Panthers' Benjamin (hamstring) to remain sidelined until training camp
CHARLOTTE, N.C. -- Once is a fluke.
Twice is a coincidence.
Three times becomes a trend.
Right now, the trend involving Carolina Panthers top wide receiver Kelvin Benjamin isn't a good one.
Once again, Benjamin missed practice time Wednesday during minicamp because of issues with his right hamstring -- the same leg that cause the 2014 first-rounder to miss the majority of OTA sessions over the previous three weeks.
The reason for the hamstring issues may be attributed to a problem that plagued Benjamin at Florida State -- carrying extra weight.
"It could be as simple as weight," says Panthers head coach Ron Rivera. "(Benjamin" did come in a little heavy and he had to work himself into shape, or diet or something. We're going to take a look at it and make sure it's not a chronic issue with him. He's too good a football player to have on the sideline."
Benjamin came to Florida State as one of the nation's prized recruits. However, he showed up to Seminoles camp, as a freshman, at nearly 260 pounds -- approximately 20 more than desired by the FSU coaches.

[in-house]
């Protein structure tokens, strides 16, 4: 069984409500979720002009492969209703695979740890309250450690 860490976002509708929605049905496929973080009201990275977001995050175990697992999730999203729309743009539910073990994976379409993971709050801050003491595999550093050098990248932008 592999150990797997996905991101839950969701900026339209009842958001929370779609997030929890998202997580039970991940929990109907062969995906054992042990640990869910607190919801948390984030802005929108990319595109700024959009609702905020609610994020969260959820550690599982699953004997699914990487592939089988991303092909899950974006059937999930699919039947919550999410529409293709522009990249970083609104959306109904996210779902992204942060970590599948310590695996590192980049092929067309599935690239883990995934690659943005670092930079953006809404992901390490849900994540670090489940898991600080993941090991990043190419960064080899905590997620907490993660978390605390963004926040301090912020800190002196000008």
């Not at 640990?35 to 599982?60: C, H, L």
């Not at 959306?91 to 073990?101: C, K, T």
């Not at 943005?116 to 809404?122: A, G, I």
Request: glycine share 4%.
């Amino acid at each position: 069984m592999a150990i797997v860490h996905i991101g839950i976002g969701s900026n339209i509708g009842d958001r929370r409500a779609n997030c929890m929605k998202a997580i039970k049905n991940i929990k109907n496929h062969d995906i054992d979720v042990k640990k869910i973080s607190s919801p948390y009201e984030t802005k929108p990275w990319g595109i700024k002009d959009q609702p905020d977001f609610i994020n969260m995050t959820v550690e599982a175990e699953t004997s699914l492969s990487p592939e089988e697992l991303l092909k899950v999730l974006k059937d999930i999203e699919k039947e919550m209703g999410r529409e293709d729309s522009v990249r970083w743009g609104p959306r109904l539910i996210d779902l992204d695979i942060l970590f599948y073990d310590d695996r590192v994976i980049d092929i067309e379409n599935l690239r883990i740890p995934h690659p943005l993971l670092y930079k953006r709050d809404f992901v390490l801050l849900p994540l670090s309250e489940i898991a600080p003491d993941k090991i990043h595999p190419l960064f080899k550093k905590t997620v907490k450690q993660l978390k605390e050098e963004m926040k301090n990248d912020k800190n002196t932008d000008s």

The weight issue was so bad that Benjamin redshirted his freshman year.
The following season, Benjamin lost a lot of weight, but he still had some issues with it. In Year 3, the extra weight was officially gone -- and his talent rose to meet the high expectations.
As a member of the Panthers, Benjamin lists at 243 pounds.
Last season, Benjamin caught 73 passes for 1,008 yards and nine touchdowns. The only major knock: He led the NFL in dropped passes.
Now, with the hamstring issues resurfacing, Benjamin won't see the practice field until training camp in late July.
Given the soaring temperatures in Charlotte, and with the Panthers nearing their fourth straight week of practice activity, it doesn't take much for frustrations to mount.
On Wednesday, two separate fights broke out between offensive and defensive linemen during practice -- one early and one late.
Some coaches like to see the occasional practice-field scrum, as a show of toughness.
Rivera isn't among that group.
"It'll happen and the same thing will happen in training camp, unfortunately," he said. "It's unfortunate and inevitable, and I think the heat really had a little bit to do with it."
Rivera's greatest concern: There were punches thrown in each fight, which is really silly. Players are wearing helmets and pads. That often leads to hand injuries.
"I don't like the fight, but I do like the fact there was a standoff," Rivera said. "I was disappointed. The heat, the fatigue -- but there's no place for it. I talked to both guys privately and just made sure they knew how I felt about it.
"You've got to treat each other like brothers, and if you had a fight with a brother, you wouldn't swing at him, you'd probably want to make sure you talk to your mom and dad. My office is open."